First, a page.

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2 "Eun Kyung Jeon"
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Case Reports
A Rare Case of Isolated Infarcts of the Pons with Sudden Vertigo: Clinical Features and Imaging Findings
Dong Hwan Kwon, Eun kyung Jeon, Young Joon Seo
Res Vestib Sci. 2023;22(3):89-94.   Published online September 15, 2023
DOI: https://doi.org/10.21790/rvs.2023.22.3.89
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  • 35 Download
AbstractAbstract PDF
Isolated infarcts of the pons (IIP) are a rare subtype of ischemic stroke, accounting for less than 1% of all strokes. It refers to a specific type of ischemic stroke that occurs within the pons region of the brain. IIP can be associated with vertebrobasilar insufficiency in certain cases. This case report describes a 64-year-old female patient who presented with acute vertigo and spontaneous nystagmus to the lesion side, ultimately diagnosed with IIP in the posterior right side of pons. Tegmental pontine infarcts typically manifest as oblique small (lacunar) infarctions that are localized in the mediolateral tegmental area of the middle to upper pons. The patient’s symptoms resolved spontaneously, but a 2-mm infarct was confirmed by brain diffusion magnetic resonance imaging. This case highlights the distinctive symptoms associated with IIP and emphasizes the importance of careful neurological examination and advanced neuroimaging techniques for accurate diagnosis.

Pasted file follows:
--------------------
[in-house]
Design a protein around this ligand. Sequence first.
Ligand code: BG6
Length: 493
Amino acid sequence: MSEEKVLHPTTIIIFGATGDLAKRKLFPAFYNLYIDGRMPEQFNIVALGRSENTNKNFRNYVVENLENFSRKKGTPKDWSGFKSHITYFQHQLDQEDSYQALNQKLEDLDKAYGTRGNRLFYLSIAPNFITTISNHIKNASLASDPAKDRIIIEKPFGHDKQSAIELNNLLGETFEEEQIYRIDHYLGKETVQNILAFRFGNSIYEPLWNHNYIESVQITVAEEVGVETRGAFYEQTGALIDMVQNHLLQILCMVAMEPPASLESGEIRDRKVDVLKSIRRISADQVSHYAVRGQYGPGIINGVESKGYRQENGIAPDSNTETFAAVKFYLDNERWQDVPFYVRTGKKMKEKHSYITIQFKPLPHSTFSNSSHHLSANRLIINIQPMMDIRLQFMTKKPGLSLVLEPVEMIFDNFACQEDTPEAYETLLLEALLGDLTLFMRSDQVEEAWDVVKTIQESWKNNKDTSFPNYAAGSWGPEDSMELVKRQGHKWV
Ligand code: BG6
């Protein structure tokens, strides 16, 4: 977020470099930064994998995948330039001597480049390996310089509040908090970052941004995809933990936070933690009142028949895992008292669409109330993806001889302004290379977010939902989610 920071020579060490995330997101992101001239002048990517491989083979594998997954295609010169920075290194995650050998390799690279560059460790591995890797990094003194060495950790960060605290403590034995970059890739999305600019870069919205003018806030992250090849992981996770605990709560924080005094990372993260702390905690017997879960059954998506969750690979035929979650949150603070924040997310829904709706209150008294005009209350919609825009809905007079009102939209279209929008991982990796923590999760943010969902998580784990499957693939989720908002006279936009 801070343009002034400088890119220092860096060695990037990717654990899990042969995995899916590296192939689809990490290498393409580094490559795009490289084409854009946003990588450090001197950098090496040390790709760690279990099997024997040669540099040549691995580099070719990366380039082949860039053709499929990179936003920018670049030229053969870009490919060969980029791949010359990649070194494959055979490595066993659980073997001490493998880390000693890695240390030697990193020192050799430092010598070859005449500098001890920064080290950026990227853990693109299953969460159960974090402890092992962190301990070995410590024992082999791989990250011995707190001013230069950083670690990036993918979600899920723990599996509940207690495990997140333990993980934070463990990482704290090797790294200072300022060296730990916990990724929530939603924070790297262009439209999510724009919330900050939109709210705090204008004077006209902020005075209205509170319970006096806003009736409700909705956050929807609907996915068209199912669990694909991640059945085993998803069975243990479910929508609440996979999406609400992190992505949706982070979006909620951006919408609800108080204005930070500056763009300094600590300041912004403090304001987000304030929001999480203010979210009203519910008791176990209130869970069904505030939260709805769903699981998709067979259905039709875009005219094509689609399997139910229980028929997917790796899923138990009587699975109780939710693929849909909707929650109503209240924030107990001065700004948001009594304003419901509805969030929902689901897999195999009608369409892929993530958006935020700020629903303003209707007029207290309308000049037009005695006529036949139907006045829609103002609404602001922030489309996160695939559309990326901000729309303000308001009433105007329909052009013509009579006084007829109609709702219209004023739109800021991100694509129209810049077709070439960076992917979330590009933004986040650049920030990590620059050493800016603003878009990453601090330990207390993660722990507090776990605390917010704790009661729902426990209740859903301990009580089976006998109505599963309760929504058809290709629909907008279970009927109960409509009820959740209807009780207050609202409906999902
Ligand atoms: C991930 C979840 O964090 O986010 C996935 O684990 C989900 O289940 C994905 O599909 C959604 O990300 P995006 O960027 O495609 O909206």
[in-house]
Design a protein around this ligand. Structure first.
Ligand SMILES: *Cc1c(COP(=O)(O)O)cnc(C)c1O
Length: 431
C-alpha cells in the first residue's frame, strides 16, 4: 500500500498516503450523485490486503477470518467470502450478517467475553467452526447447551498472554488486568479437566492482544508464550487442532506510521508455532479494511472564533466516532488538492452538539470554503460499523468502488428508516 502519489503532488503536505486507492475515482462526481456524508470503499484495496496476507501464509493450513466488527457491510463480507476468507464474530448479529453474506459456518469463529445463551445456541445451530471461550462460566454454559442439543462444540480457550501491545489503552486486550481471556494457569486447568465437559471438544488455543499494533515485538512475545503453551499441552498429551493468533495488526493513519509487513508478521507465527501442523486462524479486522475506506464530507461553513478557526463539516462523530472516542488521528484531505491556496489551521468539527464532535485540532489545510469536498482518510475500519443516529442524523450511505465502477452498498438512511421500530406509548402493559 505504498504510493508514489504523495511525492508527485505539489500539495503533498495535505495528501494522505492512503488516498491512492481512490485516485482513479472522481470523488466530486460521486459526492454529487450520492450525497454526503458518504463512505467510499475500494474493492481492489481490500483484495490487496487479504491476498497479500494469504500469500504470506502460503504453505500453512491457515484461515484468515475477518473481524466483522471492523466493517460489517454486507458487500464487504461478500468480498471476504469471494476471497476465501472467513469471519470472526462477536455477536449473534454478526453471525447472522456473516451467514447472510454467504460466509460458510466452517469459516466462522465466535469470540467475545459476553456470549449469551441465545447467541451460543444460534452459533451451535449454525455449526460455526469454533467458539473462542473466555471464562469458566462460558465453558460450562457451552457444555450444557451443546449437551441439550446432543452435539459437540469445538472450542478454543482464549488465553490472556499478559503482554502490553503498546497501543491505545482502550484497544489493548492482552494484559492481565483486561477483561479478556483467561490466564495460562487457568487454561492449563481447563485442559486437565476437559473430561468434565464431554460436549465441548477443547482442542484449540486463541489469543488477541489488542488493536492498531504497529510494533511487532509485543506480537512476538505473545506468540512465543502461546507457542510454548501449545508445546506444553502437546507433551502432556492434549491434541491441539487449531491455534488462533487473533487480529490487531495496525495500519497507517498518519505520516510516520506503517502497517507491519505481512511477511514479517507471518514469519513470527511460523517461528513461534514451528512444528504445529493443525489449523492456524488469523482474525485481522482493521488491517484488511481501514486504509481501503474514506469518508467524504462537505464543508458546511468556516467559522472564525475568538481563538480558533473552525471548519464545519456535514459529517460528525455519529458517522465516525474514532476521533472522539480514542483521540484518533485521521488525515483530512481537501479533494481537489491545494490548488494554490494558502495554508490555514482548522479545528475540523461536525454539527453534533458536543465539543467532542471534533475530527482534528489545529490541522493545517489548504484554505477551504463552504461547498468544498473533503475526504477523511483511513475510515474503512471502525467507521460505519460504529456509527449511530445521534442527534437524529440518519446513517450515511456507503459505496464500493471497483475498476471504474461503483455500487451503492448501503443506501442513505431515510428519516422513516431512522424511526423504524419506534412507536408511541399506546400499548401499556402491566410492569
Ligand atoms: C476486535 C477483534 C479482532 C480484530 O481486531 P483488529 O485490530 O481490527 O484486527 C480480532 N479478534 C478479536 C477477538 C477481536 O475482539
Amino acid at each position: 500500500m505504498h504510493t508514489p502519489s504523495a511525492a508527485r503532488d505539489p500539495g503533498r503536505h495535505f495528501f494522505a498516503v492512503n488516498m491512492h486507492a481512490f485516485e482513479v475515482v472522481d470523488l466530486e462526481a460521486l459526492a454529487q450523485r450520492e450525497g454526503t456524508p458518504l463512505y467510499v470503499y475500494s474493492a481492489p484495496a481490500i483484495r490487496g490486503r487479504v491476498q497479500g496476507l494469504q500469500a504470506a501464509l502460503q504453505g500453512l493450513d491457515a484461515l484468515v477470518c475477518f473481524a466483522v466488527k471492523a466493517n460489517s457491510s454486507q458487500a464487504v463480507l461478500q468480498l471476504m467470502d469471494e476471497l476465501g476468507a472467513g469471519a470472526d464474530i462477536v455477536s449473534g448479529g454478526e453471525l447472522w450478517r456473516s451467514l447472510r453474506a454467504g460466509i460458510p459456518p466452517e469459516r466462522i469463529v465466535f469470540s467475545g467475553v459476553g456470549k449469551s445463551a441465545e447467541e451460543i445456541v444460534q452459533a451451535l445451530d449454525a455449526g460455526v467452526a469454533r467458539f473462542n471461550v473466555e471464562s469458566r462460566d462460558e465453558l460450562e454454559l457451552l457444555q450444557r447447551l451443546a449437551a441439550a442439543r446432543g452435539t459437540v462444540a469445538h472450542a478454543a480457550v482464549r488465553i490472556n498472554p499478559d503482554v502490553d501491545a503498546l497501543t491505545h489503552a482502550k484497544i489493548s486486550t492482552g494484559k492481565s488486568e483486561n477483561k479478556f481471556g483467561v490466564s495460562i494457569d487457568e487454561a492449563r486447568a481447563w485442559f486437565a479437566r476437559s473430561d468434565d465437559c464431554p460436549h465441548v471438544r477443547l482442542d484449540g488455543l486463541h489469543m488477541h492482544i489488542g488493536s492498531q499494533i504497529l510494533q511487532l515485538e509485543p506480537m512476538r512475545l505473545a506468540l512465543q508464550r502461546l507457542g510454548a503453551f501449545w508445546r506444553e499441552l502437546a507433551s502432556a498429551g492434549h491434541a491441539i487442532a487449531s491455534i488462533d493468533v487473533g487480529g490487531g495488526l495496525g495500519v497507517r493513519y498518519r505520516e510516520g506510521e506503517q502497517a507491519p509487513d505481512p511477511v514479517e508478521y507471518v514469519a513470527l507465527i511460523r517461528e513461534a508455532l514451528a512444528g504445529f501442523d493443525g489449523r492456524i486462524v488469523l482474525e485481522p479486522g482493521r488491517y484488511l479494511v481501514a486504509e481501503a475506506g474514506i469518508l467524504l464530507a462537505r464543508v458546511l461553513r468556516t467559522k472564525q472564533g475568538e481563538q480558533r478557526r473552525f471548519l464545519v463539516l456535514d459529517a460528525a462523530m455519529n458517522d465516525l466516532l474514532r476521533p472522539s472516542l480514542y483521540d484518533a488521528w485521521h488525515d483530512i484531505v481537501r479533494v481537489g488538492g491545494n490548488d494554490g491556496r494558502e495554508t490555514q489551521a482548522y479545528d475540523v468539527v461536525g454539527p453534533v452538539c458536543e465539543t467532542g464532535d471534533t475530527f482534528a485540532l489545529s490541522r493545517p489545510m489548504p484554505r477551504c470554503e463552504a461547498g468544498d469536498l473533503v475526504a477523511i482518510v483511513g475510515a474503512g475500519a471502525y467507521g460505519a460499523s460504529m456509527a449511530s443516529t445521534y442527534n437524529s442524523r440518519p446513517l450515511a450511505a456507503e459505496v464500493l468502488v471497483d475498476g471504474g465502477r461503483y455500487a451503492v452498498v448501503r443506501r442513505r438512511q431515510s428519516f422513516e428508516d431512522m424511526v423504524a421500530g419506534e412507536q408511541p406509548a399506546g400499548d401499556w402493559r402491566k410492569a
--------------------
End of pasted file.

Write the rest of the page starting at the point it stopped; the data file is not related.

A Case of Delayed Audiovestibulopathy after Posterior Circulation Ischemic Stroke
Hyun Su Lee, Eun Kyung Jeon, Dong Hwan Kwon, Tae Hoon Kong
Res Vestib Sci. 2023;22(3):77-82.   Published online September 15, 2023
DOI: https://doi.org/10.21790/rvs.2023.22.3.77
  • 1,109 View
  • 33 Download
AbstractAbstract PDF
Distinguishing central and peripheral causes of dizziness is vital. A case is presented where a 42-year-old man with a history of posterior circulation ischemic stroke developed acute unilateral vestibulopathy with hearing loss. Clinical examination revealed signs of vestibular dysfunction on the left side. Audiometry confirmed deafness on the left, but imaging ruled out new central issues. The patient was diagnosed with audiovestibulopathy and treated with steroids, antiviral agents, intratympanic injections, and hyperbaric oxygen therapy. Hearing loss persisted, but dizziness improved with vestibular rehabilitation. Poststroke patients should be closely monitored for peripheral complications. Further research should explore the benefits of antiplatelet therapy in vascular-related conditions, even without clear central lesions.

Res Vestib Sci : Research in Vestibular Science